5 Reasons for Small Biz Owners to Love the SBA

By Pedro Hernandez | Posted November 23, 2015

Most entrepreneurs know the U.S. Small Business Administration (SBA) as a trove of information and a guide to countless resources that help get shops, professional services providers, and technology startups off the ground. While bookmarking the SBA.gov website certainly isn't required, you'd be crazy not to do so.

In addition to dispensing helpful advice—from putting together a business plan to navigating tricky legal and regulatory waters—the SBA participates in various loan programs that help small companies get the funding they need to move to the next stage of their growth. The problem, according to Evan Singer, general manager of SmartBiz, is that until recently, securing a low-interest SBA-backed loan was a challenge.

Fortunately, modern technology has come to the rescue. SmartBiz is "an online marketplace for SBA loans," Singer told Small Business Computing. "We make it easier for banks to originate SBA loans."

His company provides the underwriting and originating software that lets more banks participate in SBA loan programs. That fosters competition and choice in the market while making it easier and more affordable for small business owners to get the funding they need. "It's almost like TurboTaxing the SBA loan process," Singer said.

SmartBiz specializes in loans of up to $350,000 with payback terms of up to 10 years. With interest rates in the 6 to 7 percent range, most small businesses can easily afford the monthly payments, said Singer. And that brings us to the first reason why savvy small businesses owners love the SBA.

Small business loans; small business financing

5 Ways the Small Business Administration Helps SMBs

1. SBA Loans Are a Better Deal

Many small businesses owners should begin and end their loan search at the SBA.

"The SBA offers much better loans than many of the alternative lenders in the market," Singer said, referring to the new crop of online lenders serving small businesses. Alternative lenders routinely lock applicants into a three-year term with interest rates in the mid-teens, he said.

For a $100,000 loan, that can amount to payments of $5,000 to $6,000 per month, or even $10,000 to $12,000 for some unlucky applicants. On the other hand, a 10-year, low-interest (6 percent) SBA loan costs $1,100 per month.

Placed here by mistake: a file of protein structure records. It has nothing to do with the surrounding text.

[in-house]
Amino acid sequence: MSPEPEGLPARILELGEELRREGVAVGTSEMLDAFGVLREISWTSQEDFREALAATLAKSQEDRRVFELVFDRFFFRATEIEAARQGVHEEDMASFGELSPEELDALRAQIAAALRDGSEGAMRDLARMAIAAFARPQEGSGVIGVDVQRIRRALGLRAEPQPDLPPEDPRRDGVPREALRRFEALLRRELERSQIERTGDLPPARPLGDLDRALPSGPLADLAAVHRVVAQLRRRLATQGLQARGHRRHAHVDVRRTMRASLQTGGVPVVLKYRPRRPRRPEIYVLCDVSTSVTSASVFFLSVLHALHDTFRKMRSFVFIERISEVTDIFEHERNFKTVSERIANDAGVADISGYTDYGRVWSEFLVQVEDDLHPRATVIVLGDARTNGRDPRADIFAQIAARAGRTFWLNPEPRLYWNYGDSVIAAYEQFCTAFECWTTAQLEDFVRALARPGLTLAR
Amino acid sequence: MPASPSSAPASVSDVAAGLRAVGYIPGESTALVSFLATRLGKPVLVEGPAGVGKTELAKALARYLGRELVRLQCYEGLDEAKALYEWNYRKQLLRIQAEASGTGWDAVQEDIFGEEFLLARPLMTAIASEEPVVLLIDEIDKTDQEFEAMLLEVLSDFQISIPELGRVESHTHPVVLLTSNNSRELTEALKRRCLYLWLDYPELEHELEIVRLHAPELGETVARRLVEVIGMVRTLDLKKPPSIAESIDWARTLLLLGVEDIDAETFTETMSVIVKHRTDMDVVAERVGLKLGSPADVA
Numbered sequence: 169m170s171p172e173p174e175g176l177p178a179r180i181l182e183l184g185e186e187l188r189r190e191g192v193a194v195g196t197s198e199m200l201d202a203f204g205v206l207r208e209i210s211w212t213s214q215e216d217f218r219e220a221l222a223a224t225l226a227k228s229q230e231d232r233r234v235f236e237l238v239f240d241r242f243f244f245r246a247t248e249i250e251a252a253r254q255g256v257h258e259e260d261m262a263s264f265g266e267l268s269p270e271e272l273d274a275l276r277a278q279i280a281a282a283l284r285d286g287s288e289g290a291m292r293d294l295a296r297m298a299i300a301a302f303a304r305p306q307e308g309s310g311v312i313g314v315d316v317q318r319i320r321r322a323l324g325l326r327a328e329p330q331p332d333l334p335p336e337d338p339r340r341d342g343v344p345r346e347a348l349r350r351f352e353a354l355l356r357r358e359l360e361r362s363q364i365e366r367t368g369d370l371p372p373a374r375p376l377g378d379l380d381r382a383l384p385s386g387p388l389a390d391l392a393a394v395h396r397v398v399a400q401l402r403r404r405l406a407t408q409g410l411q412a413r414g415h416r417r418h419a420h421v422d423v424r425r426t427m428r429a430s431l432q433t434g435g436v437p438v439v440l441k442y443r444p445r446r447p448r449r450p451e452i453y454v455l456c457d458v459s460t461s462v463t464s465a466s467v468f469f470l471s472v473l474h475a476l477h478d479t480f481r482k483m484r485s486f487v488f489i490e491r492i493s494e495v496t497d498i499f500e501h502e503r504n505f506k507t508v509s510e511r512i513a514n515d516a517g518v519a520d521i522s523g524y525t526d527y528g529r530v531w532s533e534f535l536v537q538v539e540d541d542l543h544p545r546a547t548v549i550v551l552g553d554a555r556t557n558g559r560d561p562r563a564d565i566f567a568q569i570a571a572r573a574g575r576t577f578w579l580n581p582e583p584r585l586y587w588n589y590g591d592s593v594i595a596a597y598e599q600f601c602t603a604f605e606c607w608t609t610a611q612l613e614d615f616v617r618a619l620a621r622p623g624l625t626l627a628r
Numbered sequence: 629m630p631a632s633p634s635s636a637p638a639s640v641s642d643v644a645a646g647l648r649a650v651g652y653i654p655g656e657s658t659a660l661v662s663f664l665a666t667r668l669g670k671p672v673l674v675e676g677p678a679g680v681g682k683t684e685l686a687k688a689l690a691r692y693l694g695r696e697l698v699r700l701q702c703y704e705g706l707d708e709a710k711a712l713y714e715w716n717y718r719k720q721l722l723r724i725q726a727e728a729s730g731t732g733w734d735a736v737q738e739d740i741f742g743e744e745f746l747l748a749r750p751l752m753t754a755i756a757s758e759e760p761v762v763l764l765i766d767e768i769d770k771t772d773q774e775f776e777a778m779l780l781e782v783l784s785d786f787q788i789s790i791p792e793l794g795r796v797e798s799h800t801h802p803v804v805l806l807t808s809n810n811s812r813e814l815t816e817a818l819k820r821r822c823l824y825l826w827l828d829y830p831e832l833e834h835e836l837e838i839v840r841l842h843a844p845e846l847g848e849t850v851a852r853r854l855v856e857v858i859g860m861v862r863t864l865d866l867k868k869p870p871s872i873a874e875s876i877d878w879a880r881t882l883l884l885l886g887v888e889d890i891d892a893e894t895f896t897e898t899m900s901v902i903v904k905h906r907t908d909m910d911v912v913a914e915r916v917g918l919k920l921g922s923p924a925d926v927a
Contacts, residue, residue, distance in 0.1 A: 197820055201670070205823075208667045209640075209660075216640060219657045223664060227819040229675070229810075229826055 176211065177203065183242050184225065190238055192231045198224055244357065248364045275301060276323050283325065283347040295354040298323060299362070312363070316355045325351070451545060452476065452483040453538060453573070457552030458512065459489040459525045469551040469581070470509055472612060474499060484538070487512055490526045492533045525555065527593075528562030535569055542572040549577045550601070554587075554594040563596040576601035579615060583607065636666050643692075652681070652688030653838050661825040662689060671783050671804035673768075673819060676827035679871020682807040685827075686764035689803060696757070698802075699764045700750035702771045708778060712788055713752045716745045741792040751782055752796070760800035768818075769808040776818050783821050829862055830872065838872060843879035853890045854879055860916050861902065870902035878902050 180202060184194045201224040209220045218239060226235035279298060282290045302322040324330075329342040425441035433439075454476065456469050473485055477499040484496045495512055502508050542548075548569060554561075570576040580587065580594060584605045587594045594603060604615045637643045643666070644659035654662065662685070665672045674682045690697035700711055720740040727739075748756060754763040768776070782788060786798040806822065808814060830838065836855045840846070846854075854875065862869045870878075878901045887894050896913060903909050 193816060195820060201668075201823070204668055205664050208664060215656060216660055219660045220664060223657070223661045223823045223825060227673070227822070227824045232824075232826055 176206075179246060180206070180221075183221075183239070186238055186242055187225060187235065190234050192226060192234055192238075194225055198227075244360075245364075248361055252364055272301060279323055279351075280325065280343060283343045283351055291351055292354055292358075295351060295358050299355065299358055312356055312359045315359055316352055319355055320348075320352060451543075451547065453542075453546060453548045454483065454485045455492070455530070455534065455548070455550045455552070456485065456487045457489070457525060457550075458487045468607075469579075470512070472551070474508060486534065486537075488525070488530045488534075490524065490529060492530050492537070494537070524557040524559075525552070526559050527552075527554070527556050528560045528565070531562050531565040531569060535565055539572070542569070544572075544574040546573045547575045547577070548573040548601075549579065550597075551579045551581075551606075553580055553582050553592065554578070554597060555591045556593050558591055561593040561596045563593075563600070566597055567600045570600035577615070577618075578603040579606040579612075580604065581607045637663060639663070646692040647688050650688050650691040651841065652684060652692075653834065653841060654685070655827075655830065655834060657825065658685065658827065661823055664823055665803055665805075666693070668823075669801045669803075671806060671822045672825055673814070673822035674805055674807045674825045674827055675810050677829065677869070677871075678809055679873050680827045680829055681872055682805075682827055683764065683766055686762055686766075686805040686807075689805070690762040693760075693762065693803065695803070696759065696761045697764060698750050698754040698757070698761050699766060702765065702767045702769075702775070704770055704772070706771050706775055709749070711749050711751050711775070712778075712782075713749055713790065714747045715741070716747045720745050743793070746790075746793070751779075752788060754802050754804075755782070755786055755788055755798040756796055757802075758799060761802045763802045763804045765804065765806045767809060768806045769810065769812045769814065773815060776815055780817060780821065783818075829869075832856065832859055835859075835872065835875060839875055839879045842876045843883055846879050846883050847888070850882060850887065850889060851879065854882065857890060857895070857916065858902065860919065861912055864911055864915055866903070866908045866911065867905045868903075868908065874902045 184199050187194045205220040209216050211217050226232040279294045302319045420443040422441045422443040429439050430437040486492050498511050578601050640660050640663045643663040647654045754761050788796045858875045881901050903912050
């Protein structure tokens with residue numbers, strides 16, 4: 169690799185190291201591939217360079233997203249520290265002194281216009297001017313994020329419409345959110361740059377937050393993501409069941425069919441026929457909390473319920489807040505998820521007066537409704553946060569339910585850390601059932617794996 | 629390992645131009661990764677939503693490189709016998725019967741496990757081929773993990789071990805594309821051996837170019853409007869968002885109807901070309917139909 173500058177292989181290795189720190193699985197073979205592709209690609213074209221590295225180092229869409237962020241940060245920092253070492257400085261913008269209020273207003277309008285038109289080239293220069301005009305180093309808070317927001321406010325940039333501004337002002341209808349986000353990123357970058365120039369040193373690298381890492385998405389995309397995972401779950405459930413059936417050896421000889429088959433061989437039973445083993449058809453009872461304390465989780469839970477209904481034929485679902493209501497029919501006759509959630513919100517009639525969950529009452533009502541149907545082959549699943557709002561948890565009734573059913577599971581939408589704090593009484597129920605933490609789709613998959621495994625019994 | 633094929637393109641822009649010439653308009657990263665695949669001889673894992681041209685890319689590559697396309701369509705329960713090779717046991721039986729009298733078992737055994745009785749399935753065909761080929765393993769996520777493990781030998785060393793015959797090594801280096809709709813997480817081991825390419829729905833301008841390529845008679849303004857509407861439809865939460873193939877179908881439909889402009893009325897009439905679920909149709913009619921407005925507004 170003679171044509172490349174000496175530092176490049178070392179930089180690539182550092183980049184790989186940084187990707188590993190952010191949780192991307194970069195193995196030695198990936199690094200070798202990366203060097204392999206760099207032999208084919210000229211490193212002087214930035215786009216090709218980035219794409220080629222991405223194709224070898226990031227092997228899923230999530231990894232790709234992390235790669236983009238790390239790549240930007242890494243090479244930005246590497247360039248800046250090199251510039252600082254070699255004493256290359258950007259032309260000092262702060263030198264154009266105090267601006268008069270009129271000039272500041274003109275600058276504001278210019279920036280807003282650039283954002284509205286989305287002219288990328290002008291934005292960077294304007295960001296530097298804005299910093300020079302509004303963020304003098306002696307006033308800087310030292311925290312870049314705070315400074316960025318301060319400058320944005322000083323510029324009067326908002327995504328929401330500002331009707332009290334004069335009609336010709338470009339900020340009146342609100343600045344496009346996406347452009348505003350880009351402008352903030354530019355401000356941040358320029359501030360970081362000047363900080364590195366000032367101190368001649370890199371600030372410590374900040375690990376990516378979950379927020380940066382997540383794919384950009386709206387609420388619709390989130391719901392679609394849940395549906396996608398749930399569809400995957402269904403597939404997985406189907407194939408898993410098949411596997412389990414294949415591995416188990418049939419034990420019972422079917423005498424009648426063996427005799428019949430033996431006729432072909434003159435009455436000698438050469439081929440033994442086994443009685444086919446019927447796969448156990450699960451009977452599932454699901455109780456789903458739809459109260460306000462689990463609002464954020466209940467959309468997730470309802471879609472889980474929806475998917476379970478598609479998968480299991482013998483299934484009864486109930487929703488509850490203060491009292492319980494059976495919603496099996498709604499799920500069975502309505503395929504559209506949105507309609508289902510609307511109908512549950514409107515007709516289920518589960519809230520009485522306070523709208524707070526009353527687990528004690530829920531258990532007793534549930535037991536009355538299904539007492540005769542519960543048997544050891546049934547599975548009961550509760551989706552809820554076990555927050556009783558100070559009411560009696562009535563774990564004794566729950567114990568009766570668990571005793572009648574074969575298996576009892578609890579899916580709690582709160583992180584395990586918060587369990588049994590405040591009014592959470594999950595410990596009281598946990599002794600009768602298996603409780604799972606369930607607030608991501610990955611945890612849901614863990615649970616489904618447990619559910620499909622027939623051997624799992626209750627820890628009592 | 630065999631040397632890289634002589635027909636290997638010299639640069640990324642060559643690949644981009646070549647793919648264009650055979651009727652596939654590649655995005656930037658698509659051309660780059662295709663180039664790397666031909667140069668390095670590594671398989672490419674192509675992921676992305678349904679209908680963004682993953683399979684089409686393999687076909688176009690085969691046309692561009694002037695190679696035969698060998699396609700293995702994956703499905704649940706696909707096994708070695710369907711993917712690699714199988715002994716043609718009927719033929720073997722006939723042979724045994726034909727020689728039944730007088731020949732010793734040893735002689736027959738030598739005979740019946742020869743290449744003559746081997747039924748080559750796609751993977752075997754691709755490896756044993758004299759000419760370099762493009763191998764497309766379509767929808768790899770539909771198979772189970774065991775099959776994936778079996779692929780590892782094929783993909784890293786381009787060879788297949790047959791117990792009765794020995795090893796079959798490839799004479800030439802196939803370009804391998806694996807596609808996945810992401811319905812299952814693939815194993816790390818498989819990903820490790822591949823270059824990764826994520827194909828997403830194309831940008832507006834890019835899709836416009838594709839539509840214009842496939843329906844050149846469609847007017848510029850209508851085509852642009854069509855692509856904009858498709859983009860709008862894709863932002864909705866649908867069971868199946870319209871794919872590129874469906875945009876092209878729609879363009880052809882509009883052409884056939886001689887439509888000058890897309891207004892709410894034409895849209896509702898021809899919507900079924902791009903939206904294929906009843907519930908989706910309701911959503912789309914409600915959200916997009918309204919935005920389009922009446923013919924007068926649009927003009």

2. The SBA Helps Banks Say Yes to Financing Small Business

Technology is helping the SBA fulfill its mission.

Singer reminded that the SBA was founded, in part, "to provide a way for banks to offer credit to businesses that normally would not qualify for a traditional bank loan." Now with better and faster access to SBA-guaranteed loan underwriting and origination technology, banks can say yes to small business owners more often.

3. SBA Boosts Small Business Economy

SBA loans help American businesses to grow, to add jobs, and to strengthen local communities.

By providing a government guarantee to a portion of loans made by banks, the SBA helps to drive the American economy, said Singer. And the numbers don't lie. Each year, SBA loans amount to more than $20 billion borrowed by 45,000 small businesses that may not have otherwise secured funding.

4. Not a Government Handout

Regardless of one's views on government assistance, there's a major reason to love the SBA.

"The SBA does not cost the American tax payers anything," Singer said, debunking a big misconception about the government agency. "It funds itself with fees that it charges to small businesses," which covers the SBA's own costs and loan defaults.

5. Today's SBA Is Tech-Savvy

It's time for small business owners to change their attitudes toward the SBA. These days, it acts less like a lumbering, bureaucratic government agency and more like a lean-and-mean tech startup.

"It's not your parents' SBA anymore," Singer assured. By embracing technology, the SBA makes it possible for small business startups to access the resources—financial and otherwise—they need to achieve success.

Pedro Hernandez is a contributing editor at Small Business Computing. Follow him on Twitter @ecoINSITE.

Do you have a comment or question about this article or other small business topics in general? Speak out in the SmallBusinessComputing.com Forums. Join the discussion today!

Comment and Contribute


     

    Get free tips, news and advice on how to make technology work harder for your business.

    Submit
    Learn more
     
    You have successfuly registered to
    Enterprise Apps Daily Newsletter
    Thanks for your registration, follow us on our social networks to keep up-to-date